Watching The Souvenir is like watching a friend drown, and being unable to help.
Honor Swinton Byrne stars as Julie, an English film student in the 1980s who becomes involved with a slightly older, mysterious man named Anthony (Tom Burke). We see red flags right away—during one of their early dates, in a posh tea room where white lamps hover above like stuffed, predatory birds, he interrogates her as a form of wooing—and sure enough, he soon becomes a destabilizing presence in her life, constantly questioning her choices or letting pauses hang in the air as nonverbal notes of disapproval. She’s smitten nonetheless (a sweet scene in which they negotiate space in bed helps us understand why), and remains so even after she discovers an alarming secret.
Once we learn that secret, we can’t help but scream “Get out!” But writer-director Joanna Hogg, who partly drew from her own past for The Souvenir, isn’t interested in passing judgment on these characters’ choices. Instead, the movie means to live inside of Julie’s experience, capturing the inner rhythms of this intensely complicated experience. Another shot of Julie and Anthony in bed focuses on their intertwined hands, the soft focus going in and out to capture the fluctuating status of Julie’s understanding of their relationship.
The camera can’t do all the work, of course. The Souvenir asks a lot of its lead actor, and Swinton Byrne delivers—in her first significant screen performance, no less. The daughter of Tilda Swinton (who appears in a few scenes as Julie’s mother), Swinton Bryne manages to portray Julie’s impressionable nature as both a weakness and a strength. She’s quiet—notably not a participant when lively discussions erupt at the dinner table or among her fellow film-school students—but not without an interpretation of the world (we see the joy in Julie’s face when she’s quietly going about her creative work). In fact, it’s her openness to feeling that makes Julie an artist. Anthony exploits this quality, but that doesn’t mean it’s a fault.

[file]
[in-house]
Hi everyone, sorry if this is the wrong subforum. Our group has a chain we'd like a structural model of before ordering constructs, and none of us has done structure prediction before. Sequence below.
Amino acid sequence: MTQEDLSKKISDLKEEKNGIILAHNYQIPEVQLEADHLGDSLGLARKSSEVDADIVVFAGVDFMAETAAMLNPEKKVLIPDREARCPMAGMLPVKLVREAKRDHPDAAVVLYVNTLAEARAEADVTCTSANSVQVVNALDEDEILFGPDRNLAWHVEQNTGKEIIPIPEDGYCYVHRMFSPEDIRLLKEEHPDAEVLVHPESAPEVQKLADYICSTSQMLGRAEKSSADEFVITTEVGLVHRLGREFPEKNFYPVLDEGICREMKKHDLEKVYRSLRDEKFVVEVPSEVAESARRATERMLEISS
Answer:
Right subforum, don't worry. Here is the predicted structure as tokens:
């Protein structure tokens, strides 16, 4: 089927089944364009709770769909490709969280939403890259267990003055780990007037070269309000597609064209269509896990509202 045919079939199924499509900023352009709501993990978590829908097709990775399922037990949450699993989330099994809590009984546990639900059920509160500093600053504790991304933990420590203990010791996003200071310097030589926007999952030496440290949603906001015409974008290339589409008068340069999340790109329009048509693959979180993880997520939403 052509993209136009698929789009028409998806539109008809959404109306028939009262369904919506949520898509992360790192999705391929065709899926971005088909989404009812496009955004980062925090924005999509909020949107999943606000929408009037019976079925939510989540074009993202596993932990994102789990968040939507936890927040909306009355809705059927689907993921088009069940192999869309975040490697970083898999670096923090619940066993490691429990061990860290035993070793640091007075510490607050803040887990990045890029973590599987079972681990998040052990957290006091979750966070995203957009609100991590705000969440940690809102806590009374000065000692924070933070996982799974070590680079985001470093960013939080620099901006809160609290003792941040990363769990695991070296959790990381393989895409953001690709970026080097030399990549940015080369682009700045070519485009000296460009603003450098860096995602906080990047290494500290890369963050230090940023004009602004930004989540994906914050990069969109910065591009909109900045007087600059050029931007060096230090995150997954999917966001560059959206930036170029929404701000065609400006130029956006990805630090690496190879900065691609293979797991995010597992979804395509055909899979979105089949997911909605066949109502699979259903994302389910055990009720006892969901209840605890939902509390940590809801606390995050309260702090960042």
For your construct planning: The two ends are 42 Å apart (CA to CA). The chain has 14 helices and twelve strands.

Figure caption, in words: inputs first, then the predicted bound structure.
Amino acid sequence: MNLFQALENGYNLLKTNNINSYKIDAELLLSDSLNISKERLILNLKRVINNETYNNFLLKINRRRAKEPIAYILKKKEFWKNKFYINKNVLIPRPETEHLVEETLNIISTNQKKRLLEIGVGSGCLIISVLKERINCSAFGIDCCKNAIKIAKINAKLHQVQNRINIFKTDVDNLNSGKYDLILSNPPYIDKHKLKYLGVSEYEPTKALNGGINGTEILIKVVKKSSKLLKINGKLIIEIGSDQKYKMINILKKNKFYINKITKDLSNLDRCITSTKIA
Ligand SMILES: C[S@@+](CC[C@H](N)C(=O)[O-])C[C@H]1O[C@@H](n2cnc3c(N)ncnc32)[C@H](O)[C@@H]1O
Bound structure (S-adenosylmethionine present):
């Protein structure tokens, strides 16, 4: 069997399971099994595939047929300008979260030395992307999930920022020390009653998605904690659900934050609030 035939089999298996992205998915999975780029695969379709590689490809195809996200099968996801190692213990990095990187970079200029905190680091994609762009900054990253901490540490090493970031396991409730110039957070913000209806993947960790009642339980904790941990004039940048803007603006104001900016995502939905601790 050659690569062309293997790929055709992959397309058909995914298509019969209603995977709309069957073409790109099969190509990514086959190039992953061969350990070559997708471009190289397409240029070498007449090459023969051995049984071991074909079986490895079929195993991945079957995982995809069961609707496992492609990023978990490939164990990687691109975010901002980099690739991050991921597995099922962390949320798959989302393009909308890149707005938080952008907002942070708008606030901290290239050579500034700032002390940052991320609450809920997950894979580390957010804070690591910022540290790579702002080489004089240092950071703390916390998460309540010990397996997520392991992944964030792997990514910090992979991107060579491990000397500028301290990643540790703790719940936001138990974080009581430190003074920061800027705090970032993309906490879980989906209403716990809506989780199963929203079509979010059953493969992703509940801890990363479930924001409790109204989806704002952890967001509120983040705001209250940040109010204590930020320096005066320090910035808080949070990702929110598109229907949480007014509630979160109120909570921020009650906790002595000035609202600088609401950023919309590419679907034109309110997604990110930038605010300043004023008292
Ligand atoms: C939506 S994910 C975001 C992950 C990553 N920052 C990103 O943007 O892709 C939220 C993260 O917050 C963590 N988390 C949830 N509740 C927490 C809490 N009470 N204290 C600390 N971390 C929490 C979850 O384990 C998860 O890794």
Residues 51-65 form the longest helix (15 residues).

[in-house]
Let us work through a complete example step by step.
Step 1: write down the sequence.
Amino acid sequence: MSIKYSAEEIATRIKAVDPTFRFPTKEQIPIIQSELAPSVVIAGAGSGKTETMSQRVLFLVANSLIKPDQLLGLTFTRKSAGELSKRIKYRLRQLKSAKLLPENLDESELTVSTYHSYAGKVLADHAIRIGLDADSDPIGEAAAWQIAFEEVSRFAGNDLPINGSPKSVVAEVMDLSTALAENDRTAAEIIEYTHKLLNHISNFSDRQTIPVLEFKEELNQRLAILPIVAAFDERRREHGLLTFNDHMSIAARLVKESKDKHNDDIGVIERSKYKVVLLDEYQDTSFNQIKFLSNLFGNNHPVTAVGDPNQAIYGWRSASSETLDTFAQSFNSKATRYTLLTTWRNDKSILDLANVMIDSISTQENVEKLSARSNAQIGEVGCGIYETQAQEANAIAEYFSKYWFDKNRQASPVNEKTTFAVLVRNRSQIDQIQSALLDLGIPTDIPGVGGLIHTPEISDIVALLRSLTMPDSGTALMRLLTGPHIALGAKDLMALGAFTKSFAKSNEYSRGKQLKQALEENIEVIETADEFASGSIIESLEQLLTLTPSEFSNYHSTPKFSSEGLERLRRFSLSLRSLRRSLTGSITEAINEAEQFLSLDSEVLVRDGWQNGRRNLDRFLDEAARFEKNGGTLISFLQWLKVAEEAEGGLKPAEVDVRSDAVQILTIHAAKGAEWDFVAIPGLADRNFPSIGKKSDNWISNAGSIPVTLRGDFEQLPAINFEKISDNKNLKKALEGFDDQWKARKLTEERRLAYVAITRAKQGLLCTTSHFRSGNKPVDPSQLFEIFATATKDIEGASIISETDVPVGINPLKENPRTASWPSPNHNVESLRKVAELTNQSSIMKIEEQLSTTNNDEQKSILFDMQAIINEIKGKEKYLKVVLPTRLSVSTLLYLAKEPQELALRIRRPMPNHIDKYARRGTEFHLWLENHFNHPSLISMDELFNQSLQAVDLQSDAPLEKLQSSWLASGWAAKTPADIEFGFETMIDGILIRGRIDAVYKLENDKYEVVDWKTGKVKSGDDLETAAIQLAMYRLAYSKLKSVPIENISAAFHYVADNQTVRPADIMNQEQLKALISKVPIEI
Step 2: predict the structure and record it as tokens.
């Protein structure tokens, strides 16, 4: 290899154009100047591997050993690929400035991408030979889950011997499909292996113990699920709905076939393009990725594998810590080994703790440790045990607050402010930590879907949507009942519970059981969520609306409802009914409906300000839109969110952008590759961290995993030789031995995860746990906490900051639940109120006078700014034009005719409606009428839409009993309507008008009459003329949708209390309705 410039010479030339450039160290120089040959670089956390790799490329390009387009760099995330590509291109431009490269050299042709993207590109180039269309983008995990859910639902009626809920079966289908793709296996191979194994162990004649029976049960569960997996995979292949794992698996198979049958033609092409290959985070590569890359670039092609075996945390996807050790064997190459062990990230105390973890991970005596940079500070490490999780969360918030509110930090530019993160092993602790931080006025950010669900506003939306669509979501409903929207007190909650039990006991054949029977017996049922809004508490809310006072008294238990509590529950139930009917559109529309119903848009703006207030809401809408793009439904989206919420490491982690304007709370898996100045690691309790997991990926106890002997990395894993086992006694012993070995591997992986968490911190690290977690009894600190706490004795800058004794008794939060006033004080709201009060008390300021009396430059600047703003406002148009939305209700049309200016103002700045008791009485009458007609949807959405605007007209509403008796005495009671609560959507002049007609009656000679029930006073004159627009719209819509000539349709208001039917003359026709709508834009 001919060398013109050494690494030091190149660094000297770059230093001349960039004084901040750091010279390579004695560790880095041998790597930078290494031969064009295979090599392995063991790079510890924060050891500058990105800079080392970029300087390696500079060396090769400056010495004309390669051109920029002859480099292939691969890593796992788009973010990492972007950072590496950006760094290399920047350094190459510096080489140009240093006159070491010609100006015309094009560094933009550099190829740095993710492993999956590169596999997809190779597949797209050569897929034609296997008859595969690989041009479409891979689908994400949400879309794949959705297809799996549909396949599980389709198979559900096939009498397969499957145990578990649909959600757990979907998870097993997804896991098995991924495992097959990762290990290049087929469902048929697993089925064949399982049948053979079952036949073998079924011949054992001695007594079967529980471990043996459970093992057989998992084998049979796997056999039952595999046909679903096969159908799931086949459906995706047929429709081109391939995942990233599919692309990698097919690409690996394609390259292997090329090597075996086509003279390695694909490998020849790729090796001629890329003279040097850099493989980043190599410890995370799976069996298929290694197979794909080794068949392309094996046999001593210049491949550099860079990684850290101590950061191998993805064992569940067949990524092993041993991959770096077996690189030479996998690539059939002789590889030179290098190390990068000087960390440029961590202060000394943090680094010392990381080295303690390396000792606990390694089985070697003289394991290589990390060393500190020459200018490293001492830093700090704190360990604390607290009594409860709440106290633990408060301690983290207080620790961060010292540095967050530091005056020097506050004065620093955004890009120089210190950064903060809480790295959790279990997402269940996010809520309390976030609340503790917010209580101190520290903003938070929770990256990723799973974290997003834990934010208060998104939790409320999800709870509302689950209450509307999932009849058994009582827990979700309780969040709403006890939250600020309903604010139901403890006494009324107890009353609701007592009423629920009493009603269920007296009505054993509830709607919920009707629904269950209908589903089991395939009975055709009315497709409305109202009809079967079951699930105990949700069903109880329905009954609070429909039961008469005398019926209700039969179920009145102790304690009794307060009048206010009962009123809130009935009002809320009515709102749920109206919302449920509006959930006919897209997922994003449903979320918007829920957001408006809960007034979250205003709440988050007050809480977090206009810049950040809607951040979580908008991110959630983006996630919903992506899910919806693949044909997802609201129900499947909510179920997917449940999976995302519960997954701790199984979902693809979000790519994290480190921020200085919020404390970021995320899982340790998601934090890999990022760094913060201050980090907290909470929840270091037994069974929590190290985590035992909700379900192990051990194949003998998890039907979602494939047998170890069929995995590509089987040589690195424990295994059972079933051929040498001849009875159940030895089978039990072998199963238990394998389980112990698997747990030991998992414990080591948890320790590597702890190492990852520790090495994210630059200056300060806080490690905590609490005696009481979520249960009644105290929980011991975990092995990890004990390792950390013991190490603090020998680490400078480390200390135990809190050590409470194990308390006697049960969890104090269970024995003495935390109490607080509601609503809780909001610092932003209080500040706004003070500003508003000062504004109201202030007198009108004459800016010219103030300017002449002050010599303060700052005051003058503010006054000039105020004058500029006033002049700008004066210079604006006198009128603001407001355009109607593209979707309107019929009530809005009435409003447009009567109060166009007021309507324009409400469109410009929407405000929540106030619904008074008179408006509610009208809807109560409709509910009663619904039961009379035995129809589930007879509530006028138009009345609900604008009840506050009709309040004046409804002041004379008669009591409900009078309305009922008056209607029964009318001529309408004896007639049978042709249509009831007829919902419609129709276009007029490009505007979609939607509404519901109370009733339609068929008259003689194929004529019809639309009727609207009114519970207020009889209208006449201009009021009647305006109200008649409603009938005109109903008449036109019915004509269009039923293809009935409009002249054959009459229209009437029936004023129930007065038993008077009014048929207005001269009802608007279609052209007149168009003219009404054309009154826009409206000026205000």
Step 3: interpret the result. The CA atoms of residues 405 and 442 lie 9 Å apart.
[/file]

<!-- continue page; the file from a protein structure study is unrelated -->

Burke pulls off something even more impressive as Anthony: even though alarm bells go off as soon as we meet him, he’s never anything less than fascinating. Some of that is due to the passive-aggressive subtleties layered into the performance and some of it is due to the vulnerability Burke also manages to convey. Anthony is insufferably mesmerizing. As such, it’s hard to condemn him, just as it’s hard to condemn Julie for remaining in his grip.
The title of the film is taken from a Jean-Honoré Fragonard painting of a young woman carving her lover’s initials on a tree in a gloomy forest—the tree itself a dark, curving mass of leaves that looks more like a burly shock of hair. Julia and Anthony see the painting in a gallery early on, and there are moments in the film—especially during a romantic trip to Venice, which is lit in the same dark tones—when Julia begins to physically resemble the woman in the canvas. (The cinematography is by David Raedeker.) Indeed, by the end of The Souvenir, Julie finds herself in a similar place to the one we see in the painting: trapped in a seemingly romantic scenario, one that has its beauty but is also stalked by shadows. You watch this confidently crafted film in admiring horror, wondering who will escape those shadows, and who will succumb.